As the city continues to develop and modernize, these old neighborhoods are being bulldozed over, and although some have been deemed historic and will be preserved, many more will succumb to the future that is modern China.

Which of course is the third side of the city one can’t help to notice.

Things are being done here on a scale and at a pace like nowhere else in the world. Here is the innovative CCTV building.

Top name architects from around the world are being brought in to design cutting edge buildings that become instant landmarks. Here the National Theater of Performing Arts, which is surrounded by water, has a glass ceilinged entry way that leads into the structure.

And then I just happened upon this place, called appropriately “The Place”. A block long rooftop video screen, perched three or more stories up on pillars and lined by high end shops, restaurants, and hotels.

Oh yea, the Olympics were here as well. The swimming was done here in the “Water Cube.”

And of course, across the street, the landmark “Birds Nest” National Stadium.

Ok, now it’s time for a break from the city as I head south for the mountains around Huang Shan. But before I go, what do you think?  How would Gretchen look in this?

The Great Leap Forward

After 48 hours of flying, and 6 hours of sleep, I woke up and took a great leap out of bed and found myself here.

My hostel is in a what is called a Hutong. They are the modest dusty neighborhoods of old Beijing, and they are disappearing fast to the rapid development that is turning old Beijing into a new powerhouse city of Asia.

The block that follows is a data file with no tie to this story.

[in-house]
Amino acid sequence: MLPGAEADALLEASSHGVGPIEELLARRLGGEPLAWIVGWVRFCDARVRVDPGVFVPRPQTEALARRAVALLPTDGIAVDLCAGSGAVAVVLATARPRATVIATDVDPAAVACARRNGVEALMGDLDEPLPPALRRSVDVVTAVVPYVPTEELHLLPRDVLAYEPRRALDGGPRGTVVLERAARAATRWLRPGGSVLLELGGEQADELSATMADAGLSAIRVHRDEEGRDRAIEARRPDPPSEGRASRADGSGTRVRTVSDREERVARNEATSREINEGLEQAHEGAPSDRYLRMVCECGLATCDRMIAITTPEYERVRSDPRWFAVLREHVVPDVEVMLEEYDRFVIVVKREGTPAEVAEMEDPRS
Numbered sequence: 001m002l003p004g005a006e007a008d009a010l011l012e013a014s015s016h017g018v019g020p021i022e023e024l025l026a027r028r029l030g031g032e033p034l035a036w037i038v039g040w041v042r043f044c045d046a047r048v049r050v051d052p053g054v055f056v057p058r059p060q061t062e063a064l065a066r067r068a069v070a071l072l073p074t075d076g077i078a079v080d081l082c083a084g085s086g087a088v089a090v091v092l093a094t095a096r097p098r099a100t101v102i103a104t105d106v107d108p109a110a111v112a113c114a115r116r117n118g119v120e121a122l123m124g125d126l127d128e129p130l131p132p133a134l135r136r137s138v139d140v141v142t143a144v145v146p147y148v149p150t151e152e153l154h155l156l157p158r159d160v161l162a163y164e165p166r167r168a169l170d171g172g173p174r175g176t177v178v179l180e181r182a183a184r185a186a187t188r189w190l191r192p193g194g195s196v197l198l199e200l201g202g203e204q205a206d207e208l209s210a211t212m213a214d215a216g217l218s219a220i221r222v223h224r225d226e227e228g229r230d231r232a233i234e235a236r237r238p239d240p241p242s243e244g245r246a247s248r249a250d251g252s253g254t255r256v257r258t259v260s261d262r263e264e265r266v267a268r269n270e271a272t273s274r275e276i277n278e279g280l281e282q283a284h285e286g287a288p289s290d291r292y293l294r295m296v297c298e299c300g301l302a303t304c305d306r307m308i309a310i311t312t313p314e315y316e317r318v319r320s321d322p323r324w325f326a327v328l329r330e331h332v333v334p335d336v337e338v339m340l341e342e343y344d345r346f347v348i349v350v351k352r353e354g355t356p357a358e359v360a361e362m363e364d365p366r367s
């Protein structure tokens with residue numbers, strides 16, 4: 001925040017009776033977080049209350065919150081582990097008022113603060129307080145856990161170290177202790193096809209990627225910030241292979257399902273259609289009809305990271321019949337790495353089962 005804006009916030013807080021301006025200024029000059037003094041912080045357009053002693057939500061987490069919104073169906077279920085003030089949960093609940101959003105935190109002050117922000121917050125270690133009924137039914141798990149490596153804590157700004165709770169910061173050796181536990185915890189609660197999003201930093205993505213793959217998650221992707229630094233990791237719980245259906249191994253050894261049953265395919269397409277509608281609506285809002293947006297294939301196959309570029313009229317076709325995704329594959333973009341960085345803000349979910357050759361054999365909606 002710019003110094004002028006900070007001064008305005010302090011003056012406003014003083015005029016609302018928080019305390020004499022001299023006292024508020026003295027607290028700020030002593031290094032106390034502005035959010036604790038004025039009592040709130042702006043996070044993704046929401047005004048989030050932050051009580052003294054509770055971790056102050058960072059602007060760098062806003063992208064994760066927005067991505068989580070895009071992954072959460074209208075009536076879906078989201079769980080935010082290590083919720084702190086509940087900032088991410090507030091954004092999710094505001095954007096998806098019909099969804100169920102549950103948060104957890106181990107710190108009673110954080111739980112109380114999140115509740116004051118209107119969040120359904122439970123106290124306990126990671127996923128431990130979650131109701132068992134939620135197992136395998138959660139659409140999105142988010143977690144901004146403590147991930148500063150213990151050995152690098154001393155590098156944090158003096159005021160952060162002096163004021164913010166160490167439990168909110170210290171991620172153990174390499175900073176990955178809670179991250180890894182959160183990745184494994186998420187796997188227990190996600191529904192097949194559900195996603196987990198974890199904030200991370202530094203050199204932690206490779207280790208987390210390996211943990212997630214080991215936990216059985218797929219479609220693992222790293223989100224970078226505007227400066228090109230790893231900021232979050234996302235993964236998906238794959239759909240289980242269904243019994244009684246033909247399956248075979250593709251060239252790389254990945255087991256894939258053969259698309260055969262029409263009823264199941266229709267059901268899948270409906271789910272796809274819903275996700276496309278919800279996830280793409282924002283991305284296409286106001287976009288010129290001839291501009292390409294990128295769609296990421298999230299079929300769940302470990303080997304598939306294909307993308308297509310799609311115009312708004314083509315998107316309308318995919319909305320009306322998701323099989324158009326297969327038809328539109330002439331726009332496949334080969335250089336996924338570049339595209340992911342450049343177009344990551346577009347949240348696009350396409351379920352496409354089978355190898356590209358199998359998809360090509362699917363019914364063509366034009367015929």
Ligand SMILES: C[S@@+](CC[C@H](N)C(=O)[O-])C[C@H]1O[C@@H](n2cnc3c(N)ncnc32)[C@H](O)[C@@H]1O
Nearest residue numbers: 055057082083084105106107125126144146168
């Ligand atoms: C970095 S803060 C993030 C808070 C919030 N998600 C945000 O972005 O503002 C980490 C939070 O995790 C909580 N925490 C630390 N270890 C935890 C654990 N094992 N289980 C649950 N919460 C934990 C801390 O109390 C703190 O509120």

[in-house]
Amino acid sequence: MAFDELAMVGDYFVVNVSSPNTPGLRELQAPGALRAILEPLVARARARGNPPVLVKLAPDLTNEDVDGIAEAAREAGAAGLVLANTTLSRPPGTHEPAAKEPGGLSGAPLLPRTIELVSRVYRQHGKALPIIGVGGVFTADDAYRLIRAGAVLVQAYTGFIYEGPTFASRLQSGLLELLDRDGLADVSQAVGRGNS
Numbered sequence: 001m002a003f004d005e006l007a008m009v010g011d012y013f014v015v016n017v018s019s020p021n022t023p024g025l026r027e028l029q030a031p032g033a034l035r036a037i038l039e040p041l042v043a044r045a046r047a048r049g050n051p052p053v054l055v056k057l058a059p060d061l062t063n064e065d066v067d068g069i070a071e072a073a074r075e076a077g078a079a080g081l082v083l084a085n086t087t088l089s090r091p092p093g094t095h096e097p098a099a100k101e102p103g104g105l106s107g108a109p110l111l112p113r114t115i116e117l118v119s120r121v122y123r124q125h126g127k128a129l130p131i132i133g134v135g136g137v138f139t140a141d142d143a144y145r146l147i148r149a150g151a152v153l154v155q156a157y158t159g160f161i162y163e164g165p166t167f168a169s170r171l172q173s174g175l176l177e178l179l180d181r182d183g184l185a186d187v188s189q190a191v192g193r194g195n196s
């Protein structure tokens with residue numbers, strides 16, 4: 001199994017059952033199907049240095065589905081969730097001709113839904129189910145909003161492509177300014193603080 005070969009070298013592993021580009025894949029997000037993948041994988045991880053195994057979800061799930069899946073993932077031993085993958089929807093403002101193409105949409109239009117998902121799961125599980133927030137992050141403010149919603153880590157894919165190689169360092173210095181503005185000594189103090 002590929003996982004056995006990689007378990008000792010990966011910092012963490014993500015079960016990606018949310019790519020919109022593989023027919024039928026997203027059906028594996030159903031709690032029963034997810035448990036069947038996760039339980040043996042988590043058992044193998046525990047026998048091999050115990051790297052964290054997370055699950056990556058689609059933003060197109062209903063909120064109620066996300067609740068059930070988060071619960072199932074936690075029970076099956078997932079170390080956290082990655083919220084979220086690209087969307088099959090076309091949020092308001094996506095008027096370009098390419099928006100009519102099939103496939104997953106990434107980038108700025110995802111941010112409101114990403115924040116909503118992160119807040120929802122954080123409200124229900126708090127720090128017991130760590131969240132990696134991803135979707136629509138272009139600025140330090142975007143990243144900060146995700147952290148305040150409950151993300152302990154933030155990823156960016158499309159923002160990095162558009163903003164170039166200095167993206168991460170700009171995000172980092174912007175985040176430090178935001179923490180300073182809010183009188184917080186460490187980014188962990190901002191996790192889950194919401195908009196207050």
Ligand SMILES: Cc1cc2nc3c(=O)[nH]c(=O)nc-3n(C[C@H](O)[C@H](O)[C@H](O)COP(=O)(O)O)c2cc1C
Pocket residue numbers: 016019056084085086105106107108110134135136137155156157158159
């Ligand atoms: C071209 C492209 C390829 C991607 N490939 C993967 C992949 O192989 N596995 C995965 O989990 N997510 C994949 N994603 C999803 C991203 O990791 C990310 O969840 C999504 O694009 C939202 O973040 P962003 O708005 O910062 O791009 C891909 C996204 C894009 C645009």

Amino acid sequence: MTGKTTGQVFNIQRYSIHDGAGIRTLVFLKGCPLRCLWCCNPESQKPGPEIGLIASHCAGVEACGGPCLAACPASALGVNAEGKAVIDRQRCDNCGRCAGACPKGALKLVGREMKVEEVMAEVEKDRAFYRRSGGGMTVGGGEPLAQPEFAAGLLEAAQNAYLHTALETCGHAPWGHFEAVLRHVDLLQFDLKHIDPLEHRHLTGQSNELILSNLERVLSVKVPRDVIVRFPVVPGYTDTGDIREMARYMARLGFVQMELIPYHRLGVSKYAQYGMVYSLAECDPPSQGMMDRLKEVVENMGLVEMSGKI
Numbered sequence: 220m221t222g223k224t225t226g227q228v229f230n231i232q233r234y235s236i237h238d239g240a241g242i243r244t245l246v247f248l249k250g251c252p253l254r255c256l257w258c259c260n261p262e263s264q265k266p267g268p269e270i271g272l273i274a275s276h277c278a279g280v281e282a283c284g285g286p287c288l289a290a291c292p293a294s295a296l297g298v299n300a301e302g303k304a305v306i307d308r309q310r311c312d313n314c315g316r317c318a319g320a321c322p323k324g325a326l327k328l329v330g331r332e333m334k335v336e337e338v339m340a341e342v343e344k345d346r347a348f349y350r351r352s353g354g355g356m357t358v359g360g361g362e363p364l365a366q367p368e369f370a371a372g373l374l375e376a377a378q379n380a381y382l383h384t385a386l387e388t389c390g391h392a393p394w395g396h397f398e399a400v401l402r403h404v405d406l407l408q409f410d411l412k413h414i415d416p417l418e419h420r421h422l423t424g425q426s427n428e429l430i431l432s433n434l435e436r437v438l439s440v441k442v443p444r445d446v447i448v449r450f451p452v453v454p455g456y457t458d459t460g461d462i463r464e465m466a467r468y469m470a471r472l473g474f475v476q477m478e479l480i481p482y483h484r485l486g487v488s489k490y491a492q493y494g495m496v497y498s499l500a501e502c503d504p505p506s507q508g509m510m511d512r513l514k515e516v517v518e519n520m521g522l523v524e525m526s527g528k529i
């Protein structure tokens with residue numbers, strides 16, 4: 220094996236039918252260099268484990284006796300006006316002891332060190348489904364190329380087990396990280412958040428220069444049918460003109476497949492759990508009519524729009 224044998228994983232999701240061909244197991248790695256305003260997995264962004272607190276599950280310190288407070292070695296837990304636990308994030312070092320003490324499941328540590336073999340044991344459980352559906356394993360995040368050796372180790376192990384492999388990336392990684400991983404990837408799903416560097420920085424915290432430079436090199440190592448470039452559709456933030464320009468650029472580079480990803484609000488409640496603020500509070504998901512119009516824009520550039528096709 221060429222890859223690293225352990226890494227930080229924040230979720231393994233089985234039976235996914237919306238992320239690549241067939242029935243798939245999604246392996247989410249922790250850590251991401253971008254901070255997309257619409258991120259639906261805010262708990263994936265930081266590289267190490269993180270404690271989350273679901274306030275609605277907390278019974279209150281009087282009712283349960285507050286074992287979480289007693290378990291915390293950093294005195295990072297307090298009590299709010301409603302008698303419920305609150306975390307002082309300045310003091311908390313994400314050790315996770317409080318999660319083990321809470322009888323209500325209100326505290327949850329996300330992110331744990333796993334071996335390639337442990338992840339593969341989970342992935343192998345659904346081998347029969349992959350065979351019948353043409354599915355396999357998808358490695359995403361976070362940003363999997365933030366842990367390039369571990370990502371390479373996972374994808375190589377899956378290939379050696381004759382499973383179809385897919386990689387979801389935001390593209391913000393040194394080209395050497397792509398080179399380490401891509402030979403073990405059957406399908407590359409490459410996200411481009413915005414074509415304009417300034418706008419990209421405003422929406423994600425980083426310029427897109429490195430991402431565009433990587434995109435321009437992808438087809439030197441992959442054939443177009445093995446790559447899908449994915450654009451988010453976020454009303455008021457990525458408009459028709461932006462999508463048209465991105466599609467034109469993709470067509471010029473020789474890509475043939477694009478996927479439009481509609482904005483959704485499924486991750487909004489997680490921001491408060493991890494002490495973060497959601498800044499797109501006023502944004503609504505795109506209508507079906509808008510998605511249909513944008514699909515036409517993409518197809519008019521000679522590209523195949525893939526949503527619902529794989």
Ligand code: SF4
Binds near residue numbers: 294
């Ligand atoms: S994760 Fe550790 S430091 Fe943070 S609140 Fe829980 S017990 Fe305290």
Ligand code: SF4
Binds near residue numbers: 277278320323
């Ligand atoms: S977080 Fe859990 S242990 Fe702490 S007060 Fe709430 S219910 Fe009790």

But the dusty ghosts of the past live on, for now.

But who comes to Beijing to see old dusty neighborhoods? Probably not these folks.

No, they come here to see the imperial history and to see this guy.

One can not get into the Forbidden City of the old Chinese dynasties without passing under Chairman Mao. But apparently the watchful eyes of Mao aren’t enough, as there are police or army everywhere it seems. But they are still short on Fashion Police.

That is certainly around Tiananmen Square. Synonymous in the West with the brutal crackdown on a peaceful pro democracy protest in 1989, it is always under the watchful eye of the government. You must go through security just to get there.

And of course they seem to like rules here, including No FaceBook, No Twitter, and no WordPress, etc. Well this American says no way, and that’s why you’re hopefully reading this now. But the government can’t seem to stop people from superstitiously putting their money in water fountains.

And this long day comes to a close.

But not before a trip to the night market…

Are those skewered starfish? Surely those are not scorpions? OMG, they are. And think of the lucky one who gets to eat one of those delicious tarantulas. No, I did not try one, and no I won’t.

48 Hours And A Wall To Climb

Well I am here in China! Unfortunately the WordPress site is blocked by big brother here (along with Facebook – what are they afraid the people will find out about some of my friend’s latest trip to the bathroom?).

So I am having to climb the great firewall to do this post, so there will be fewer pictures and I can’t control the formatting for the time being.

As you can (hopefully) see I spent quite a lot of time on airplanes just to get here the cheap way.

The shore of Lake Erie near Detroit

Sunrise over the South Pacific as we approach Australia

Finally arriving in Sydney (Oh wait-I'm only halfway there!)

So six airports and 48 hours later I arrived seeming like a zombie. No I was a zombie.

I am all better now.

Time to explore Beijing.